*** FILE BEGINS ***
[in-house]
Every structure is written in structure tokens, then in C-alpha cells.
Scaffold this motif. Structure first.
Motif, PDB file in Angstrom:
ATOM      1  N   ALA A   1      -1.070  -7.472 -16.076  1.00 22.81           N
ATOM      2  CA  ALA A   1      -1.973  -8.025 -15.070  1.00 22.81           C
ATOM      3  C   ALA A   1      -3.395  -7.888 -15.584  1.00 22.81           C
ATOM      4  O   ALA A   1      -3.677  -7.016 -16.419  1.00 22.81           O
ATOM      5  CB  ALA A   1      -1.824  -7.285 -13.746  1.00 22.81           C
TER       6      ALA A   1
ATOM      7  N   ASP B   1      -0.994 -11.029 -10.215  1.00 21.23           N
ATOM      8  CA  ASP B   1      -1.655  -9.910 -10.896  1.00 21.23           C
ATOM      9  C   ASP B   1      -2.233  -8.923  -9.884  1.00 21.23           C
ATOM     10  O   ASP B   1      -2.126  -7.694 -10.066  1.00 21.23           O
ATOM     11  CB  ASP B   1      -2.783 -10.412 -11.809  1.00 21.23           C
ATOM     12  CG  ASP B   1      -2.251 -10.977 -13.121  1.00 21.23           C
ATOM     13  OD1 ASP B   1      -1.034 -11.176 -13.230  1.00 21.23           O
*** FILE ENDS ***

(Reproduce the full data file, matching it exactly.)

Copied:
[in-house]
Every structure is written in structure tokens, then in C-alpha cells.
Scaffold this motif. Structure first.
Motif, PDB file in Angstrom:
ATOM      1  N   ALA A   1      -1.070  -7.472 -16.076  1.00 22.81           N
ATOM      2  CA  ALA A   1      -1.973  -8.025 -15.070  1.00 22.81           C
ATOM      3  C   ALA A   1      -3.395  -7.888 -15.584  1.00 22.81           C
ATOM      4  O   ALA A   1      -3.677  -7.016 -16.419  1.00 22.81           O
ATOM      5  CB  ALA A   1      -1.824  -7.285 -13.746  1.00 22.81           C
TER       6      ALA A   1
ATOM      7  N   ASP B   1      -0.994 -11.029 -10.215  1.00 21.23           N
ATOM      8  CA  ASP B   1      -1.655  -9.910 -10.896  1.00 21.23           C
ATOM      9  C   ASP B   1      -2.233  -8.923  -9.884  1.00 21.23           C
ATOM     10  O   ASP B   1      -2.126  -7.694 -10.066  1.00 21.23           O
ATOM     11  CB  ASP B   1      -2.783 -10.412 -11.809  1.00 21.23           C
ATOM     12  CG  ASP B   1      -2.251 -10.977 -13.121  1.00 21.23           C
ATOM     13  OD1 ASP B   1      -1.034 -11.176 -13.230  1.00 21.23           O